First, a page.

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The Strathprints institutional repository is a digital archive of University of Strathclyde's Open Access research outputs. Strathprints provides access to thousands of Open Access research papers by Strathclyde researchers, including by researchers from the Physical Activity for Health Group based within the School of Psychological Sciences & Health. Research here seeks to better understand how and why physical activity improves health, gain a better understanding of the amount, intensity, and type of physical activity needed for health benefits, and evaluate the effect of interventions to promote physical activity.

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Generation of primary hepatocyte microarrays by piezoelectric printing

Zarowna-Dabrowska, Alicja and McKenna, E.O. and Schutte, M.E. and Chen, L. and Allyol, C. and Glidle, A. and Marshall, D. and Pitt, Andrew and Gu, Erdan and Dawson, Martin and Cooper, Jonathan M and Yin, H. (2012) Generation of primary hepatocyte microarrays by piezoelectric printing. Colloids and Surfaces B: Biointerfaces, 89. pp. 126-132. ISSN 0927-7765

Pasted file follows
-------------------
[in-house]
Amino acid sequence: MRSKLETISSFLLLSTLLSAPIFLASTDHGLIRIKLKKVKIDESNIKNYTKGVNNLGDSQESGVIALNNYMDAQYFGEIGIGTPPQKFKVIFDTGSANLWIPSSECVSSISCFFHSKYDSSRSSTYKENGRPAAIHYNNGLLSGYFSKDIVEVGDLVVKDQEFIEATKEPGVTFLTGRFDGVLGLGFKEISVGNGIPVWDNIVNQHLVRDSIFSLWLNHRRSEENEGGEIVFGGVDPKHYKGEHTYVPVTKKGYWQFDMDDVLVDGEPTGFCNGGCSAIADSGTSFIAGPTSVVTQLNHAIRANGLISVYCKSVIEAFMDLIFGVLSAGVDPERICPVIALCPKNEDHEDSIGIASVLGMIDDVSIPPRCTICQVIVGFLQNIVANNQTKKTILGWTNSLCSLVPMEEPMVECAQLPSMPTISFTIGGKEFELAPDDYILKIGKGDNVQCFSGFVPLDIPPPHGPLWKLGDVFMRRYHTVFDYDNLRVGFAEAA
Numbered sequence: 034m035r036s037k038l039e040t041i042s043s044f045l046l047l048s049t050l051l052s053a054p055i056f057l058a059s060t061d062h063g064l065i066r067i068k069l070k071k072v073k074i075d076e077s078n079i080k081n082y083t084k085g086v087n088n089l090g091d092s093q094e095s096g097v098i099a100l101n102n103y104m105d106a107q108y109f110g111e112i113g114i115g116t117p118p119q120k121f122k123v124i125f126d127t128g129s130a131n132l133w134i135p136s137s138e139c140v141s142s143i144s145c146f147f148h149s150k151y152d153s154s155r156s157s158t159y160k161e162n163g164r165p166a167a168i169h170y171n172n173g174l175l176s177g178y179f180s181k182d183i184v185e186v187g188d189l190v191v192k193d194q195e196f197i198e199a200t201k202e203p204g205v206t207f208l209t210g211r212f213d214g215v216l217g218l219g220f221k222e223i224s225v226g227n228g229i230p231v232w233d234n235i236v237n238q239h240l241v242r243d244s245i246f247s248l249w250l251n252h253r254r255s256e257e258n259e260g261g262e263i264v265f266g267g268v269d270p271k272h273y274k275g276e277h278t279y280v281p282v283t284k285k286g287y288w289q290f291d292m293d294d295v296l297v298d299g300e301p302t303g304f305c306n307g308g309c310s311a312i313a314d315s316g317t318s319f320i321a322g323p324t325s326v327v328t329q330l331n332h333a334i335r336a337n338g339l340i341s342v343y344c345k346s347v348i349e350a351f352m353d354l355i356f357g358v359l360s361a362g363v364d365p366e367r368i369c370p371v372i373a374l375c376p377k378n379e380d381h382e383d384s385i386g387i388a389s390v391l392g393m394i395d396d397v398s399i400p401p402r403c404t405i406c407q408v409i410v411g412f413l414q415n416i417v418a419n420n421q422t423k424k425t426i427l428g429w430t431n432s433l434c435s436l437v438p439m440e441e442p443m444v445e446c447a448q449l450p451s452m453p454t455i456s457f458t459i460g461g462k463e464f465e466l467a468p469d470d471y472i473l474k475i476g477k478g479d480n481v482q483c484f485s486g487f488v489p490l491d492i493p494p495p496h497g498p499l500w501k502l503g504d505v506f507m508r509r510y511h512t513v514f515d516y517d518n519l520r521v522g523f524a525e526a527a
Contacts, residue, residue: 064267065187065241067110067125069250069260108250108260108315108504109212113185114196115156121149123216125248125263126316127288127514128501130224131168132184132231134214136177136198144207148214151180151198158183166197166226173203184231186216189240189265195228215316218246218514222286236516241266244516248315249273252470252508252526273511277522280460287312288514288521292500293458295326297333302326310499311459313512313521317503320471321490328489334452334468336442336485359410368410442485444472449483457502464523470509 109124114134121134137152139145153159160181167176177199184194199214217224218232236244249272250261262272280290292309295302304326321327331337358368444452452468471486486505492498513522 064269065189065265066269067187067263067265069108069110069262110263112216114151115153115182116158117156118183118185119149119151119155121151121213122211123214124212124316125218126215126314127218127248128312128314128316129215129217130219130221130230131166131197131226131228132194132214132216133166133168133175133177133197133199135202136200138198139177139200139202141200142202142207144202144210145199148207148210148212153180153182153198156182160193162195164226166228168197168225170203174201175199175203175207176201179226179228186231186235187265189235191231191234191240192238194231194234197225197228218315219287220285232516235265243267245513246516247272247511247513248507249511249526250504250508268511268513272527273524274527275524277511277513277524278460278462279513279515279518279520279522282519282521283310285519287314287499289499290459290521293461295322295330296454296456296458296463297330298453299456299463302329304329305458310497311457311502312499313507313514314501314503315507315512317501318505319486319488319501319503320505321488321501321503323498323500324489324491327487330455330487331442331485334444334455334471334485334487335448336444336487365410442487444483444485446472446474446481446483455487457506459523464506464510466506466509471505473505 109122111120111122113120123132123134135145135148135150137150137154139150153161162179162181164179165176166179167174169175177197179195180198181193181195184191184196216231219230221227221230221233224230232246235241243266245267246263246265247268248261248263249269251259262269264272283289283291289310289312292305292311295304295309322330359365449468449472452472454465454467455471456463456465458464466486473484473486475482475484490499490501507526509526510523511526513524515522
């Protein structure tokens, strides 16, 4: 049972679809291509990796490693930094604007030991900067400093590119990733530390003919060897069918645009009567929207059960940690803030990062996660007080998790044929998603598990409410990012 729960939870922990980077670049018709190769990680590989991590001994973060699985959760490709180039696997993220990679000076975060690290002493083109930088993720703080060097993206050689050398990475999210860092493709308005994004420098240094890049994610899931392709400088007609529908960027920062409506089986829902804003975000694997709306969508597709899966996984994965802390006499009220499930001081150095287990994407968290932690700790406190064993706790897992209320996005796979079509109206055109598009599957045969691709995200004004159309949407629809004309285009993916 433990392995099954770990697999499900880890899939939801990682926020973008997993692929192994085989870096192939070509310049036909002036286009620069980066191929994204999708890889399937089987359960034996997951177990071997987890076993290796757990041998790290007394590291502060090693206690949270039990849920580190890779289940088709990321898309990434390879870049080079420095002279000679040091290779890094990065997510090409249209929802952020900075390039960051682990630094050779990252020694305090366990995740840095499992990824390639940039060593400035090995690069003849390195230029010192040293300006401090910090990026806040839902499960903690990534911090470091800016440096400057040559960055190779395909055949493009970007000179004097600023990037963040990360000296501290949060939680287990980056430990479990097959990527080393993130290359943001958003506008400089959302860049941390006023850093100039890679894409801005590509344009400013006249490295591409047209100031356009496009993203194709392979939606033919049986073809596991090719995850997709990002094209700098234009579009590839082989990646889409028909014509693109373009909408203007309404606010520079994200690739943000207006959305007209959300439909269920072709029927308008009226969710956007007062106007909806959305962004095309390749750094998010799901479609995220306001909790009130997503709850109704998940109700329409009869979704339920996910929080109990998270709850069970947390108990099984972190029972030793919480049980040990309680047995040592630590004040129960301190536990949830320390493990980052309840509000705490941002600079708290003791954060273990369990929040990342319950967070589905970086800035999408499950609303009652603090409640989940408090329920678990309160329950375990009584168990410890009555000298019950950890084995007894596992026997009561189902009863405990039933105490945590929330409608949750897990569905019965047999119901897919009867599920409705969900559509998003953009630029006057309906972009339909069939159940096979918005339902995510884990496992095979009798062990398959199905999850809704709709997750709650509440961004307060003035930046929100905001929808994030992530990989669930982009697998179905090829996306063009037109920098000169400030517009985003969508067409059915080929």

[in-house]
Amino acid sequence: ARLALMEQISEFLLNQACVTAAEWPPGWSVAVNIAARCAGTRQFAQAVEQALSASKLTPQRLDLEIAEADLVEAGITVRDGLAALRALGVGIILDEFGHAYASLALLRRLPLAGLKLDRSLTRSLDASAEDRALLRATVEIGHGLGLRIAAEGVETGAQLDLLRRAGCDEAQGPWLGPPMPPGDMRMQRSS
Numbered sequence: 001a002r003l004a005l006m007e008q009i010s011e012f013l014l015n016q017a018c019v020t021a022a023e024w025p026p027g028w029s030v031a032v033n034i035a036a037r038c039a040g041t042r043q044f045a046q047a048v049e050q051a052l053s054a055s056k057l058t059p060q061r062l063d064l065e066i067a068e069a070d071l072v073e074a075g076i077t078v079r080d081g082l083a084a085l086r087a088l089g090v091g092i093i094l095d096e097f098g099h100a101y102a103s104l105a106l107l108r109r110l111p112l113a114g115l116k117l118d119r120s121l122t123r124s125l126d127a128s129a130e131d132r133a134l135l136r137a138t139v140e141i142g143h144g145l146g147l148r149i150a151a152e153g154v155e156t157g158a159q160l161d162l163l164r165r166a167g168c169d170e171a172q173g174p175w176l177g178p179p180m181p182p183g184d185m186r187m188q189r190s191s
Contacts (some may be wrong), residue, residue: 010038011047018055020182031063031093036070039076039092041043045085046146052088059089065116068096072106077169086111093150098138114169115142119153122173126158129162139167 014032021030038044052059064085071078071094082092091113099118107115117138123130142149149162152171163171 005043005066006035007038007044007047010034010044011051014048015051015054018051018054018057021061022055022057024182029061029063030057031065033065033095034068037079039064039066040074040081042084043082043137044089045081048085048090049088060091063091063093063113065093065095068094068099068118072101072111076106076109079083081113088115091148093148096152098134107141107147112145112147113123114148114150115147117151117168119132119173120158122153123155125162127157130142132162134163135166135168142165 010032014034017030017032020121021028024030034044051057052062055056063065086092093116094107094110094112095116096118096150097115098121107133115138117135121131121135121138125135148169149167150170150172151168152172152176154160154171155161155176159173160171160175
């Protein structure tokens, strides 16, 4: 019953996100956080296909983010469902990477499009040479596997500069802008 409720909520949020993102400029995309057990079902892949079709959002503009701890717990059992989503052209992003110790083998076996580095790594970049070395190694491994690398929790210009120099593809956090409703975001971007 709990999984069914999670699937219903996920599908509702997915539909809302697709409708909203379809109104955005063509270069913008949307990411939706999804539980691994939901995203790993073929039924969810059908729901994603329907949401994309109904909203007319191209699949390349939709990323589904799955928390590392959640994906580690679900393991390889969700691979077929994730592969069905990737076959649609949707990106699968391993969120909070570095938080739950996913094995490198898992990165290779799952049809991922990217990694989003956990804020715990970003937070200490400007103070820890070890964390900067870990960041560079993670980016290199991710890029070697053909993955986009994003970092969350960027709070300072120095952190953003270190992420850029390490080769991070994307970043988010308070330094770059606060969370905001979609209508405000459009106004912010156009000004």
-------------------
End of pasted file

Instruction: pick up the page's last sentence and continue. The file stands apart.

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Abstract

We demonstrate a single-step method for the generation of collagen and poly-l-Lysine (PLL) micropatterns on a poly(ethylene glycol) (PEG) functionalized glass surface for cell based assays. The method involves establishing a reliable silanization method to create an effective non-adhesive PEG layer on glass that inhibits cell attachment, followed by the spotting of collagen or PLL solutions using non-contact piezoelectric printing. We show for the first time that the spotted protein micropatterns remain stable on the PEG surface even after extensive washing, thus significantly simplifying protein pattern formation. We found that adherence and spreading of NIH-3T3 fibroblasts was confined to PLL and collagen areas of the micropatterns. In contrast, primary rat hepatocytes adhered and spread only on collagen micropatterns, where they formed uniform, well defined functionally active cell arrays. The differing affinity of hepatocytes and NIH-3T3 fibroblasts for collagen and PLL patterns was used to develop a simple technique for creating a co-culture of the two cell types. This has the potential to form structured arrays that mimic the in vivo hepatic environment and is easily integrated within a miniaturized analytical platform for developing high throughput toxicity analysis in vitro.